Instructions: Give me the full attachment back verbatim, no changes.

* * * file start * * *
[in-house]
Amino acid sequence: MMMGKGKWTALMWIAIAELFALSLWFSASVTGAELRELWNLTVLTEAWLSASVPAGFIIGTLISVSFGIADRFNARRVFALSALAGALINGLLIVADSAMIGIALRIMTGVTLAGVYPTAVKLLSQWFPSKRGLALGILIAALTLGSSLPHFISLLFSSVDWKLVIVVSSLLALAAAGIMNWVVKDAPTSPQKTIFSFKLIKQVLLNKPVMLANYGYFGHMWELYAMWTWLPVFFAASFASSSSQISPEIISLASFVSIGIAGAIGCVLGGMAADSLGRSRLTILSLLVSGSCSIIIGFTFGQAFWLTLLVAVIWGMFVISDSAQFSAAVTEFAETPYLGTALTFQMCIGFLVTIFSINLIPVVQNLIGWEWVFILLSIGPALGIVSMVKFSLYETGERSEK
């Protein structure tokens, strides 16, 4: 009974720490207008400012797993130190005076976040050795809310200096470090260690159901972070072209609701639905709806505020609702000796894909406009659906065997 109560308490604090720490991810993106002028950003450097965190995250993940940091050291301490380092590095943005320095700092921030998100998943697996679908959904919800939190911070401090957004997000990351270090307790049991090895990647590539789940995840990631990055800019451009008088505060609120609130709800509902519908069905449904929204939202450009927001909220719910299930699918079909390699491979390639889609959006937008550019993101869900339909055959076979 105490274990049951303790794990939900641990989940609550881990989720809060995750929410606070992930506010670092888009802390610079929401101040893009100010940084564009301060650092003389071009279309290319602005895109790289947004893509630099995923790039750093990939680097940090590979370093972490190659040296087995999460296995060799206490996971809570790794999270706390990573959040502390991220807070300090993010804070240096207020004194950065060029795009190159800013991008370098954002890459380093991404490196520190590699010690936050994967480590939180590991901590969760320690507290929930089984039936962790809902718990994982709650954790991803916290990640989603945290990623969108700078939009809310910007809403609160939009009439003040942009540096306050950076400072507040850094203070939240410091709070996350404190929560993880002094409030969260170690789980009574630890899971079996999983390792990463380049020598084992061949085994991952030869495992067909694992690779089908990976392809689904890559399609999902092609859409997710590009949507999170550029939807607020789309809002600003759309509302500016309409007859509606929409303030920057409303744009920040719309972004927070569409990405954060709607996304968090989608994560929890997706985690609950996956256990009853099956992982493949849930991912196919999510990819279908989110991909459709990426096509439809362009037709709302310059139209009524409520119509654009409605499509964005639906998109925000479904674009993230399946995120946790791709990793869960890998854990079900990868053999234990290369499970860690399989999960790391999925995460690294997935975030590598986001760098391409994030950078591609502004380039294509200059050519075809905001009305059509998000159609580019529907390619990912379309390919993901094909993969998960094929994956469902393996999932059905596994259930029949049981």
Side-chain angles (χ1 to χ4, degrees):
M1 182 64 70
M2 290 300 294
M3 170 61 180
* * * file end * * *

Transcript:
[in-house]
Amino acid sequence: MMMGKGKWTALMWIAIAELFALSLWFSASVTGAELRELWNLTVLTEAWLSASVPAGFIIGTLISVSFGIADRFNARRVFALSALAGALINGLLIVADSAMIGIALRIMTGVTLAGVYPTAVKLLSQWFPSKRGLALGILIAALTLGSSLPHFISLLFSSVDWKLVIVVSSLLALAAAGIMNWVVKDAPTSPQKTIFSFKLIKQVLLNKPVMLANYGYFGHMWELYAMWTWLPVFFAASFASSSSQISPEIISLASFVSIGIAGAIGCVLGGMAADSLGRSRLTILSLLVSGSCSIIIGFTFGQAFWLTLLVAVIWGMFVISDSAQFSAAVTEFAETPYLGTALTFQMCIGFLVTIFSINLIPVVQNLIGWEWVFILLSIGPALGIVSMVKFSLYETGERSEK
């Protein structure tokens, strides 16, 4: 009974720490207008400012797993130190005076976040050795809310200096470090260690159901972070072209609701639905709806505020609702000796894909406009659906065997 109560308490604090720490991810993106002028950003450097965190995250993940940091050291301490380092590095943005320095700092921030998100998943697996679908959904919800939190911070401090957004997000990351270090307790049991090895990647590539789940995840990631990055800019451009008088505060609120609130709800509902519908069905449904929204939202450009927001909220719910299930699918079909390699491979390639889609959006937008550019993101869900339909055959076979 105490274990049951303790794990939900641990989940609550881990989720809060995750929410606070992930506010670092888009802390610079929401101040893009100010940084564009301060650092003389071009279309290319602005895109790289947004893509630099995923790039750093990939680097940090590979370093972490190659040296087995999460296995060799206490996971809570790794999270706390990573959040502390991220807070300090993010804070240096207020004194950065060029795009190159800013991008370098954002890459380093991404490196520190590699010690936050994967480590939180590991901590969760320690507290929930089984039936962790809902718990994982709650954790991803916290990640989603945290990623969108700078939009809310910007809403609160939009009439003040942009540096306050950076400072507040850094203070939240410091709070996350404190929560993880002094409030969260170690789980009574630890899971079996999983390792990463380049020598084992061949085994991952030869495992067909694992690779089908990976392809689904890559399609999902092609859409997710590009949507999170550029939807607020789309809002600003759309509302500016309409007859509606929409303030920057409303744009920040719309972004927070569409990405954060709607996304968090989608994560929890997706985690609950996956256990009853099956992982493949849930991912196919999510990819279908989110991909459709990426096509439809362009037709709302310059139209009524409520119509654009409605499509964005639906998109925000479904674009993230399946995120946790791709990793869960890998854990079900990868053999234990290369499970860690399989999960790391999925995460690294997935975030590598986001760098391409994030950078591609502004380039294509200059050519075809905001009305059509998000159609580019529907390619990912379309390919993901094909993969998960094929994956469902393996999932059905596994259930029949049981």
Side-chain angles (χ1 to χ4, degrees):
M1 182 64 70
M2 290 300 294
M3 170 61 180